WEDNESDAY, Sept. 23, 2020 (HealthDay News) — For U.S. veterans with COVID-19, mortality is mainly associated with older age, male sex, and comorbidity, according to a study published online Sept. 23 in JAMA Network Open.
George N. Ioannou, B.M.B.Ch., from the Veterans Affairs Puget Sound Healthcare System in Seattle, and colleagues examined excess risk and risk factors associated with hospitalization, mechanical ventilation, and mortality in COVID-19. The study included 88,747 patients tested for severe acute respiratory syndrome coronavirus 2 (SARS-CoV-2), of whom 10,131 tested positive.
The researchers found that of those who tested positive for SARS-CoV-2, characteristics significantly associated with mortality included older age, high regional COVID-19 disease burden, higher Charlson comorbidity index score, fever, dyspnea, and abnormalities in certain blood tests that exhibited dose-response links to mortality, including aspartate aminotransferase, creatinine, and neutrophil-to-lymphocyte ratio. The same characteristics were independently associated with mechanical ventilation, with the exception of geographic region and with the addition of Black race, male sex, diabetes, and hypertension. Obesity, Black race, Hispanic ethnicity, chronic obstructive pulmonary disease, hypertension, and smoking were not significantly associated with mortality in adjusted analyses. In this cohort, most deaths occurred in patients aged ≥50 years, male patients, and those with a Charlson comorbidity score of at least 1 (63.4, 12.3, and 11.1 percent, respectively).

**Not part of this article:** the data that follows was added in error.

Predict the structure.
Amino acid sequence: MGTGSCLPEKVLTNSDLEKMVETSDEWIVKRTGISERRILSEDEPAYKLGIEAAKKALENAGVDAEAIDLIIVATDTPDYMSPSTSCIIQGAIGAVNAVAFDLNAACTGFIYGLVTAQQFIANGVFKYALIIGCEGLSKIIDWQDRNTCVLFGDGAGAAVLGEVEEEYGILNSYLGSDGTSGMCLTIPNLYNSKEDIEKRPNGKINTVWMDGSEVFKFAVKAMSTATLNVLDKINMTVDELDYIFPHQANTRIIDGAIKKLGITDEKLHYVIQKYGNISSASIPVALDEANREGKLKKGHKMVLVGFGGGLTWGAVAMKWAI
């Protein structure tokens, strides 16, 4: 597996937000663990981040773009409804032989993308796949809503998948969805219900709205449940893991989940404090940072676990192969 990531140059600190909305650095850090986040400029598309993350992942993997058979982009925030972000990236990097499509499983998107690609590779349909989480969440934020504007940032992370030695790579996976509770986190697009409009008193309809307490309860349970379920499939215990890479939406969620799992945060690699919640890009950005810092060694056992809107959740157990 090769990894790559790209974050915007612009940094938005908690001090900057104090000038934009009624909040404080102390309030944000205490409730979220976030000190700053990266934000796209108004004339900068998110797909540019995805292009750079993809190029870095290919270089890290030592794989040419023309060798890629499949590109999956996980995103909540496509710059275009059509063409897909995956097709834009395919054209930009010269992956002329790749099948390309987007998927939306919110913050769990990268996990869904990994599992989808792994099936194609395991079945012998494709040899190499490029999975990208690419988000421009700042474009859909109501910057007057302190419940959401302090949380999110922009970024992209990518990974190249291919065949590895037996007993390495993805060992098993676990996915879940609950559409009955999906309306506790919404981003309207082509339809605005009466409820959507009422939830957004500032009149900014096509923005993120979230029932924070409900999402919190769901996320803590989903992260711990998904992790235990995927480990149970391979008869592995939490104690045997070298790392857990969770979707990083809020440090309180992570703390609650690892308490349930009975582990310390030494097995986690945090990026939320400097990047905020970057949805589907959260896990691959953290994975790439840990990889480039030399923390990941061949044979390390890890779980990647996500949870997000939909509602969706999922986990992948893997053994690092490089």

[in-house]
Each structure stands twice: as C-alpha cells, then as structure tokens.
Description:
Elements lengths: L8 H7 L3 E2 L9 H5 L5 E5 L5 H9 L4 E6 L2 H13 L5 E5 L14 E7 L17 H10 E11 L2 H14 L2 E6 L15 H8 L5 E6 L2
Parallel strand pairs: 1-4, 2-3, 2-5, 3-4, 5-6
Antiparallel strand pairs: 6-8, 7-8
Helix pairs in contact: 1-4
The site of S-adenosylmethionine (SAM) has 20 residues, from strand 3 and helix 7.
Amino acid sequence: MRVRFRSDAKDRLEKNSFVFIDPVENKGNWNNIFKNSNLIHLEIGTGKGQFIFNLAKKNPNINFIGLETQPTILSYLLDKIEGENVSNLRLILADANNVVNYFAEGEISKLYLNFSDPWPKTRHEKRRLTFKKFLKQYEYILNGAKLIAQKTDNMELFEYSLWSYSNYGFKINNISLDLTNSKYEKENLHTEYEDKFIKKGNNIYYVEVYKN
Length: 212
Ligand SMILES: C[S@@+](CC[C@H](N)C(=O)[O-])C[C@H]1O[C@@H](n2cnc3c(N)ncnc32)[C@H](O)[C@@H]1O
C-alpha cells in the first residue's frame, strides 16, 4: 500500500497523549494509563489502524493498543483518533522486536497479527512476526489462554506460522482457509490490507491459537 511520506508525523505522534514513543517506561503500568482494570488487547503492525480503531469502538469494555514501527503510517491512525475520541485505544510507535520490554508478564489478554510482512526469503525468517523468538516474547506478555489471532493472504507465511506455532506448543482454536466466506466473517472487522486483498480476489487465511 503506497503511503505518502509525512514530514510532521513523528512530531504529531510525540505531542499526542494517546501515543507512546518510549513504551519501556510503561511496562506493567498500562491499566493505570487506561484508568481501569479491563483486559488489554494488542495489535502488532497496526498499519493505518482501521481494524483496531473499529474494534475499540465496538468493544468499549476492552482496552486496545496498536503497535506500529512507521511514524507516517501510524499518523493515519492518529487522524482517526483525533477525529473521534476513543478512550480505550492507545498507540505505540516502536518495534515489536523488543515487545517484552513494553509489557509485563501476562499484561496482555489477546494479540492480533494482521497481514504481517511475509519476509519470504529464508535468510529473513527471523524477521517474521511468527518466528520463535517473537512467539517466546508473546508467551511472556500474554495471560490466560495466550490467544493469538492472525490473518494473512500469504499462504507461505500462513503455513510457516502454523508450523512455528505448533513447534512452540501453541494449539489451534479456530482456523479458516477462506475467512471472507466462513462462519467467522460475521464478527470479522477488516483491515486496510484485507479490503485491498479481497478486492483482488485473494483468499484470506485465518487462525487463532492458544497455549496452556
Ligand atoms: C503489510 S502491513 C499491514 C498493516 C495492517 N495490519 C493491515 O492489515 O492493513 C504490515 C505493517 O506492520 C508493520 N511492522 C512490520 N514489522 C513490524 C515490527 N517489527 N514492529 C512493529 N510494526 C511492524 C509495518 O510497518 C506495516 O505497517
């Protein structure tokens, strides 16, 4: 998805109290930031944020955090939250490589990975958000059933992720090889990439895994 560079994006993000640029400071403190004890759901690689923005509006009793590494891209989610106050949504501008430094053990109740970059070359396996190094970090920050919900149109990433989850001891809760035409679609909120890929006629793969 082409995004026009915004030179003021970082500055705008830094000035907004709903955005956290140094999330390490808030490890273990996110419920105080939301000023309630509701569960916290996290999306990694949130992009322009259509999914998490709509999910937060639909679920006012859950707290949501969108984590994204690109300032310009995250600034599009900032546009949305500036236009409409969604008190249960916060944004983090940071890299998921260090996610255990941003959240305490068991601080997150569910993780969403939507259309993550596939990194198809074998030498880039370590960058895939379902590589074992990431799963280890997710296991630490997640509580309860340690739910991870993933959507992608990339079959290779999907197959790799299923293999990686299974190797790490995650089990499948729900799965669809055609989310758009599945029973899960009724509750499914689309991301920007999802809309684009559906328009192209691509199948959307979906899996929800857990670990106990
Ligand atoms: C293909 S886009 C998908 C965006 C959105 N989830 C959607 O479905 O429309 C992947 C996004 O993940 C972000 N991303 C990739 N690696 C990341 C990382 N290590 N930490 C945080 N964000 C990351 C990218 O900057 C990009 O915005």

“Recognizing risk factors for adverse outcomes is a preliminary step toward developing prognostic models that will allow for real-time identification of patients most and least likely to benefit from available interventions,” the authors write.
One author disclosed ties to the pharmaceutical and medical technology industries.
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